Aaron Orner knew his daughter Maddie had a gift when she was just 12-years old. “She wouldn’t miss a clay with a .410 at 15 to 20 yards,” he told Guns.com. Maddie has grown up since then and is soon to be a Freshman at Texas A&M but shooting with dad remains a past-time she enjoys. Her choice of shotgun has grown from semi-auto and over-under to pump-action with double clays, claiming it’s too easy with the former shotguns these days.

Whether or not classes will be in person this fall, shooting trap will always be a cherished and perfectly socially distanced way to celebrate freedom and family.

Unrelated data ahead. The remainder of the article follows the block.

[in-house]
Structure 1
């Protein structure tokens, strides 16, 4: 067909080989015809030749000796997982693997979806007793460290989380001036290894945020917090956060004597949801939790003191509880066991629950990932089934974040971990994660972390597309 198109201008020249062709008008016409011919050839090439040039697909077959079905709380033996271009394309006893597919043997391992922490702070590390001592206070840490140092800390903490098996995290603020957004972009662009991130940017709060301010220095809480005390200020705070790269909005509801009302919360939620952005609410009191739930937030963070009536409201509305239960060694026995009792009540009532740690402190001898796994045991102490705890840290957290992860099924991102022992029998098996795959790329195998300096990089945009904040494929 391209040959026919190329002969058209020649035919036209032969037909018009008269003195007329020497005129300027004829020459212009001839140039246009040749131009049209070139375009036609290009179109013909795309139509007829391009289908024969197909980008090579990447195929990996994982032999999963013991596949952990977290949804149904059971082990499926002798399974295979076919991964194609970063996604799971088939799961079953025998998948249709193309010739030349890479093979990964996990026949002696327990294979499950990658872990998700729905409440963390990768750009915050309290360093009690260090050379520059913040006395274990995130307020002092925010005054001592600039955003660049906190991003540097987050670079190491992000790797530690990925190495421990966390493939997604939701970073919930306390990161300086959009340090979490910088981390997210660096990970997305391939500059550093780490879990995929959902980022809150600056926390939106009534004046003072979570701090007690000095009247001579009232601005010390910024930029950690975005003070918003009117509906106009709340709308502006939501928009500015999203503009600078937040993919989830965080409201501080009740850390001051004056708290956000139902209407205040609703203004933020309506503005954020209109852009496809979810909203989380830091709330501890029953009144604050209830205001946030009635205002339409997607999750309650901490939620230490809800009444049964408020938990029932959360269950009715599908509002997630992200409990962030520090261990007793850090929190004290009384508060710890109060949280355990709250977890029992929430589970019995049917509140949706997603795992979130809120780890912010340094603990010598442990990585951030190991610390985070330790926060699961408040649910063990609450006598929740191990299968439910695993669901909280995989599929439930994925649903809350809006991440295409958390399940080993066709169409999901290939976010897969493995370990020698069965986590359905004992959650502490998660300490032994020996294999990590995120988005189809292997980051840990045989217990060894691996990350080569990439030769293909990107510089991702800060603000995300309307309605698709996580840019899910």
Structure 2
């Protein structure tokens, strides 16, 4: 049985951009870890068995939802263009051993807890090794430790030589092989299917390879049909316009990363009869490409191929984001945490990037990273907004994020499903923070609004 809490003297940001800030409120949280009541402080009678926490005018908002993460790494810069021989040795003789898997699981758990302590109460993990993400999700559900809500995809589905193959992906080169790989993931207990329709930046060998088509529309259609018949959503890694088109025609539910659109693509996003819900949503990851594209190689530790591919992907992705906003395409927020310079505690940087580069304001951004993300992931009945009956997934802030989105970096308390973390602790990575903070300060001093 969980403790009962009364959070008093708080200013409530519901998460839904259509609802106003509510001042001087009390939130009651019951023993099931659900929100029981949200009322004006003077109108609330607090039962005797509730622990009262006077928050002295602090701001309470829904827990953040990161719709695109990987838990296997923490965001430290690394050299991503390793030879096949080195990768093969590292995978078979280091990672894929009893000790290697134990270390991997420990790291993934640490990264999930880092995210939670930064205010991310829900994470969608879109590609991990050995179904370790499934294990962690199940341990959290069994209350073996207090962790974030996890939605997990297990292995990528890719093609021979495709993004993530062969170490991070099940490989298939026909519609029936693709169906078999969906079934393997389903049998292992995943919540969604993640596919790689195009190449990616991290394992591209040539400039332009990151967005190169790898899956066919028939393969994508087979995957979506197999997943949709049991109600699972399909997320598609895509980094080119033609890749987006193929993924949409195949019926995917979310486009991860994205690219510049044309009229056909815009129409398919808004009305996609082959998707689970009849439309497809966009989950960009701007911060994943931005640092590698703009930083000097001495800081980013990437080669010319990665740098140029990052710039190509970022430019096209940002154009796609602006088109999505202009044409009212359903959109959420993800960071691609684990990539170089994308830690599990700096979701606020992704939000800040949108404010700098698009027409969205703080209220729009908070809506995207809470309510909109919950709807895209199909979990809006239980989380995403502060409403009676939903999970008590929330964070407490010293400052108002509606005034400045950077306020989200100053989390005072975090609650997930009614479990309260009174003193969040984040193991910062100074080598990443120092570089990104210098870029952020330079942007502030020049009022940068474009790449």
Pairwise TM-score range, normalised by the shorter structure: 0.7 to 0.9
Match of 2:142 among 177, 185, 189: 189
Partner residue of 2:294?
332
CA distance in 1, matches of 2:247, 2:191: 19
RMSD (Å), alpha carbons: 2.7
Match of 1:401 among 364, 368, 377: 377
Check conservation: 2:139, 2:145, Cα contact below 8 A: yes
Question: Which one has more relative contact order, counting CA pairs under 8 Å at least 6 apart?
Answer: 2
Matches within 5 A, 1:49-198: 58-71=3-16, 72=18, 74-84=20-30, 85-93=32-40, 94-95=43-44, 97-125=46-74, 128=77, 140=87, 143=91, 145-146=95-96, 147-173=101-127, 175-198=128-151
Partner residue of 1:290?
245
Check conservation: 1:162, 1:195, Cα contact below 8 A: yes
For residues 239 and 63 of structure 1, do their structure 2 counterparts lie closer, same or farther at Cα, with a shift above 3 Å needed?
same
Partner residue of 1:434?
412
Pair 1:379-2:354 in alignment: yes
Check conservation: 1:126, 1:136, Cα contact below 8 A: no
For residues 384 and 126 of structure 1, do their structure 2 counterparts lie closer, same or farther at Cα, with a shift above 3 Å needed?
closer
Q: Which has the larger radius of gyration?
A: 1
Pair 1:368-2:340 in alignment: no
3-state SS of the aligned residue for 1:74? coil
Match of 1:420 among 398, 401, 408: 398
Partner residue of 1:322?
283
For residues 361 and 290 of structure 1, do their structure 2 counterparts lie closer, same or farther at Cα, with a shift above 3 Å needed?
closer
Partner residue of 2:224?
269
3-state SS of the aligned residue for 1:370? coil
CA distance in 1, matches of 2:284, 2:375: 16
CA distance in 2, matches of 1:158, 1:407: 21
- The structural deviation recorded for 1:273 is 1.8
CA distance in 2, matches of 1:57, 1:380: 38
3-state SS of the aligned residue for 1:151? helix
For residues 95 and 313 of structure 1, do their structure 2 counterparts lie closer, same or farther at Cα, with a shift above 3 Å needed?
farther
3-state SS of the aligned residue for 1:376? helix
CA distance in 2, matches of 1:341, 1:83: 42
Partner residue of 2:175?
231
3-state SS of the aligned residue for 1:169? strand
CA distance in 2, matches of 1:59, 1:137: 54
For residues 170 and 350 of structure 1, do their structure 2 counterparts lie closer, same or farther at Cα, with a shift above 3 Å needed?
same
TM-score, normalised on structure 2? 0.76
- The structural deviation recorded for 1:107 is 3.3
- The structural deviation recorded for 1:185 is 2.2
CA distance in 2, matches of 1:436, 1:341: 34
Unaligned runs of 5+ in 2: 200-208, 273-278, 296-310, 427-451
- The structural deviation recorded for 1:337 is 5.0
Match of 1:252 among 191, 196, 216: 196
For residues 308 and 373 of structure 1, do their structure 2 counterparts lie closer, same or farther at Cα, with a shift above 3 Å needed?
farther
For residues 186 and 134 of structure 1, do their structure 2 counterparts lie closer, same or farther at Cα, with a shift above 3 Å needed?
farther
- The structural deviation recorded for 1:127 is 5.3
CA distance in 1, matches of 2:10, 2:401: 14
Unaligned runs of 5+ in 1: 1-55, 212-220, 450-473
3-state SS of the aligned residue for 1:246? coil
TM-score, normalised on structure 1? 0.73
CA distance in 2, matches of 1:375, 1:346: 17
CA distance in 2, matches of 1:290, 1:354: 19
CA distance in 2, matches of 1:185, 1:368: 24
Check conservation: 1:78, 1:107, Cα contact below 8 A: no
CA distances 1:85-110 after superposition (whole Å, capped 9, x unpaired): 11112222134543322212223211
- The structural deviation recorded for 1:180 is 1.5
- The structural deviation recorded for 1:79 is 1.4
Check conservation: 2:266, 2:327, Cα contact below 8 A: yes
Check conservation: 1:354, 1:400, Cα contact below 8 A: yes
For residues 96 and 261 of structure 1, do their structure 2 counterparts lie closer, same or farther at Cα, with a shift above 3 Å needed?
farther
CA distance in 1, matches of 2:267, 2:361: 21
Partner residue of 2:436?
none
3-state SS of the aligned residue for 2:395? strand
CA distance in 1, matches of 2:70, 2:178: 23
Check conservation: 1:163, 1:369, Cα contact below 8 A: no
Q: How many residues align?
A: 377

Taking clays on a Texas afternoon. (Photo: Don Summers/Guns.com)
The Remington 870 is suited for the job. (Photo: Don Summers/Guns.com)
Aaron Orner aims at another clay. (Photo: Don Summers/Guns.com)
Perhaps what’s more impressive about Maddie is that since she was 9 years old, she has had a pacemaker in her right shoulder. Even though she is right-handed she has taught herself to shoot left-handed.
Shooting the pump action is more of a challenge these days. (Photo: Don Summers/Guns.com)
A perfect afternoon in the Texas Hill Country. (Photo: Don Summers/Guns.com)
Anticipation. (Photo: Don Summers/Guns.com)
Shooting trap has become a family tradition being passed down in the Orner family. (Photo: Don Summers/Guns.com)